April 5, 2011

Overuse Of CT Scans For Children Causes Concern

The number of children receiving computed tomography (CT) scans in emergency rooms is on the rise, according to a study published online and in the June print edition of Radiology. These extra tests may expose children to adult-sized radiation doses and potential risks for cancer down the road.

To study CT utilization trends in children, Dr. Larson and colleagues from the Cincinnati Children's Hospital Medical Center used data frm the National Hospital Ambulatory Medical Care Survey from 1995 to 2008, analyzing annual government surveys on ER visits at non-federal hospitals nationwide, focusing on visits in patients younger than age 18.

The nationwide number of ER visits in which children were exposed to CT scans surged from about 330,000 in 1995 to 1.65 million in 2008, the Associated Press (AP) reports. The percentage of visits involving CT scans climbed from about 1 percent to almost 6 percent despite no increase in total number of visits of children to emergency room services.

Although the study didn't include dose information, there are growing concerns that some children may be receiving adult-sized doses of radiation. General hospitals may be less likely than pediatric facilities to use special CT protocols with kids to limit their radiation exposure, the study authors said.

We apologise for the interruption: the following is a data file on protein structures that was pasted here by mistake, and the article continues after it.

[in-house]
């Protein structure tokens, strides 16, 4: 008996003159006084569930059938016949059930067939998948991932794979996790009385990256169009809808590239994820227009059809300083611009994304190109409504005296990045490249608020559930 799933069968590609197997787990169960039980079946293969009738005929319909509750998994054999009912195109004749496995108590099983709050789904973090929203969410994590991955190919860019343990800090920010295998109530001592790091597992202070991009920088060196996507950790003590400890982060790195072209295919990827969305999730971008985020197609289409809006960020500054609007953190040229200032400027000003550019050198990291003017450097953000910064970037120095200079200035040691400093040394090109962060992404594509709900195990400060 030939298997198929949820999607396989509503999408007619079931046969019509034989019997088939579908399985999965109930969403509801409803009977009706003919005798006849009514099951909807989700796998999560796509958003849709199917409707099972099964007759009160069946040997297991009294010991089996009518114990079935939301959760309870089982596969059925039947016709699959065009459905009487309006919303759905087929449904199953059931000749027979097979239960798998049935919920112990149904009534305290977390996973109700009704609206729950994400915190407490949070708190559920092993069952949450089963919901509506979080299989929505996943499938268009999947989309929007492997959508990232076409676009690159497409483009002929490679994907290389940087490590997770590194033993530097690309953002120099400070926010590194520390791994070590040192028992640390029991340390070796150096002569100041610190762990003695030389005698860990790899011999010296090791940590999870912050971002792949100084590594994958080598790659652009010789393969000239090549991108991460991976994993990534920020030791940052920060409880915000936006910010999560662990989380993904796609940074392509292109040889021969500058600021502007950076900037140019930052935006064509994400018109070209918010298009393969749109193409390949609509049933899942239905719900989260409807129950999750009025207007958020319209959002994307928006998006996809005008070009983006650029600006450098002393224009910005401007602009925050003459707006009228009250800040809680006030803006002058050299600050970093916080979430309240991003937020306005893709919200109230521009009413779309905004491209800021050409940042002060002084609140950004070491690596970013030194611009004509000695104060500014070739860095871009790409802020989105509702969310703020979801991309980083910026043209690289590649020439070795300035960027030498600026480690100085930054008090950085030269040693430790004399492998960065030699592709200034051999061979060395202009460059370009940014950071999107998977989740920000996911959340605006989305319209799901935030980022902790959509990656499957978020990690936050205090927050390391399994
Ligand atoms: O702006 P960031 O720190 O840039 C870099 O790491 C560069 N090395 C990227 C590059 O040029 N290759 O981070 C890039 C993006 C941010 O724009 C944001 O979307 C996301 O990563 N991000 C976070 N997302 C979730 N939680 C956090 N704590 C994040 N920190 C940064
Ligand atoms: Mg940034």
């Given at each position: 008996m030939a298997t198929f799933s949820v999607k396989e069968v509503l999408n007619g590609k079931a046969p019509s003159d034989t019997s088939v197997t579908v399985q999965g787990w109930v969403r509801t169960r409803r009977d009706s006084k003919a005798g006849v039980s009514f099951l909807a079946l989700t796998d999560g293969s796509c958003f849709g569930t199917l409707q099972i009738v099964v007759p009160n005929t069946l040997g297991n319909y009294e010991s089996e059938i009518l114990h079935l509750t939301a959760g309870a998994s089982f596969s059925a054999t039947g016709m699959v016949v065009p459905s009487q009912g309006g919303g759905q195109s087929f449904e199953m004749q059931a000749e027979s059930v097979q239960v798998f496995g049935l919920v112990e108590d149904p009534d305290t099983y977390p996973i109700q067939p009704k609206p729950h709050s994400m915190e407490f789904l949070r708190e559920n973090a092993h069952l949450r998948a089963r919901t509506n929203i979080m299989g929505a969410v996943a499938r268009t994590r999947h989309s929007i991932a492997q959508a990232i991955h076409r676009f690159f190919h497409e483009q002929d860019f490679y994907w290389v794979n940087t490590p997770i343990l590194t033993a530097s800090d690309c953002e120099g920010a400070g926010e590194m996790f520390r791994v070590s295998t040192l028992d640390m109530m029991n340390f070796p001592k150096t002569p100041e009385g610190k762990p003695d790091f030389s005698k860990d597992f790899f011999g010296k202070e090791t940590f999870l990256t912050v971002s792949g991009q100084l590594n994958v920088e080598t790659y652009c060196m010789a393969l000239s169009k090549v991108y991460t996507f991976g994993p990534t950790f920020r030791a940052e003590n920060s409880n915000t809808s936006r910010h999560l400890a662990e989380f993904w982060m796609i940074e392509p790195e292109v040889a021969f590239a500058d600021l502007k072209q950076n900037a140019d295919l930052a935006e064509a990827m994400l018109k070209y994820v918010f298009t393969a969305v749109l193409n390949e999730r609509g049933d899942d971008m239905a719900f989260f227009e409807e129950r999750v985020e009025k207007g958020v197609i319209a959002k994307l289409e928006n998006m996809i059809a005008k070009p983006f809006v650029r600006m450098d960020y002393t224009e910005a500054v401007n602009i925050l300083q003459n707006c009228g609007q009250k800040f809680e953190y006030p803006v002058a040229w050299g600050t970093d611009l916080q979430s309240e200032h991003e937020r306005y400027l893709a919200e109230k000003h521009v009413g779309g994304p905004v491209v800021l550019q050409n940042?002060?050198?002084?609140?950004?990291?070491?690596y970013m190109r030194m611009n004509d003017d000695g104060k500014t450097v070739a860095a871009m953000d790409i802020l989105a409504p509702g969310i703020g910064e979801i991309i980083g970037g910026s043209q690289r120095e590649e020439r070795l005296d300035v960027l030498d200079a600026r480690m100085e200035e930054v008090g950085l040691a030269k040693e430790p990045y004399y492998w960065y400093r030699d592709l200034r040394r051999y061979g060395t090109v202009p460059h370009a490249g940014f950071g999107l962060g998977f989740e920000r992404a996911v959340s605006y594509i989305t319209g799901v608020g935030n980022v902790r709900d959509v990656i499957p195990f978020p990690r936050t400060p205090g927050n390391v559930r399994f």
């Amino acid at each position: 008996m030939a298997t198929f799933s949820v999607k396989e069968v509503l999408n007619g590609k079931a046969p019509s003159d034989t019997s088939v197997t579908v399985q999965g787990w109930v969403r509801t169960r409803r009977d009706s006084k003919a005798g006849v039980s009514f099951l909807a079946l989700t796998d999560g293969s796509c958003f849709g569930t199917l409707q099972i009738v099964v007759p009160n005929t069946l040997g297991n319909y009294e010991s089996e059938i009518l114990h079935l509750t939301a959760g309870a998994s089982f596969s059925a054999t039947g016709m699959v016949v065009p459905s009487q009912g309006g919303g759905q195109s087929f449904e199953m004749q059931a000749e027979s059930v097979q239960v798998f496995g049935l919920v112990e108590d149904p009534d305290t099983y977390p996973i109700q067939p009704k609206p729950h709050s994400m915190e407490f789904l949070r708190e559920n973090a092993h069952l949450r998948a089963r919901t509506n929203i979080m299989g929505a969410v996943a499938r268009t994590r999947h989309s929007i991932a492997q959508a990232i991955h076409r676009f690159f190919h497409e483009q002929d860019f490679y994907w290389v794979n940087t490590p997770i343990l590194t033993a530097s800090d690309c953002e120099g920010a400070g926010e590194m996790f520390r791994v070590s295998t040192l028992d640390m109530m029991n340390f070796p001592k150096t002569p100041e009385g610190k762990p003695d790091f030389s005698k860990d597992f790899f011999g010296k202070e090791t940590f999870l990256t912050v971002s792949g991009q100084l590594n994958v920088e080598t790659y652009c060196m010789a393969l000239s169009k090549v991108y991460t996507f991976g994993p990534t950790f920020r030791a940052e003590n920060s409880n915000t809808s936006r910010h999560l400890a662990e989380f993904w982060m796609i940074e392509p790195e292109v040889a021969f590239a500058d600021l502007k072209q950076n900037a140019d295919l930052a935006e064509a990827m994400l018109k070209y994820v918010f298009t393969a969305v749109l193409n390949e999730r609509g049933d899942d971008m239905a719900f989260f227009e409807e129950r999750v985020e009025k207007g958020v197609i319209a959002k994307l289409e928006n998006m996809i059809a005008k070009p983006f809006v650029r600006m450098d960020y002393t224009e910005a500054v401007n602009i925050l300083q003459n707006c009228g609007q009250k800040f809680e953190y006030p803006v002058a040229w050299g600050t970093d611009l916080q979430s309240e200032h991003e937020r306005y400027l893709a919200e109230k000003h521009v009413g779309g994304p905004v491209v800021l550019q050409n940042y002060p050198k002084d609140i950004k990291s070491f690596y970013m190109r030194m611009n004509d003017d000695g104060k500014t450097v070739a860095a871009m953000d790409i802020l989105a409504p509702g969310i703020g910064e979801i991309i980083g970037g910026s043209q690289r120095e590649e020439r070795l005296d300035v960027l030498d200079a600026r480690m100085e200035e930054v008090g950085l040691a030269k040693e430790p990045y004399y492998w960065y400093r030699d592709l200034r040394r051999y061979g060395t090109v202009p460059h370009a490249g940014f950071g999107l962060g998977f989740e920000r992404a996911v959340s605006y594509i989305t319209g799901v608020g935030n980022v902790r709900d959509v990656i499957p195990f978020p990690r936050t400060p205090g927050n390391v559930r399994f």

"We need to think creatively about how to partner with each other, with ordering clinicians and with CT manufacturers to ensure that all children are scanned only when it is appropriate and with appropriate techniques," said the study's lead author, David B. Larson, M.D., M.B.A., director of quality improvement in the Department of Radiology at Cincinnati Children's Hospital Medical Center in Ohio.

Children require special oversight with CT scans, including adjusting doses to their smaller size. Young people are more sensitive to radiation than adults, with longer life spans and more time for radiation-related cancers to develop, Reuters reported.

The study, "underscores the need for special attention to this vulnerable population to ensure that imaging is appropriately ordered, performed and interpreted," the researchers claim.

The increase in CT use may be due to improvements in the technology, with modern scanners creating clearer images and which are quicker than older models, producing results in just seconds, Larson explains.

Other factors likely contributed to the increases, and in some cases, overuse, include fear of lawsuits, results in some doctors ordering tests to avoid getting sued for a missed diagnosis. "If you send a kid home (without a CT scan) and it turns out you missed an abnormality, not many juries are going to be sympathetic," Larson said.

CT scans were most commonly used for children with head injuries, headaches or abdominal pain. Larson said it's impossible to tell from the data whether X-rays, which use less radiation, or other tests could have been done instead of CT scans.


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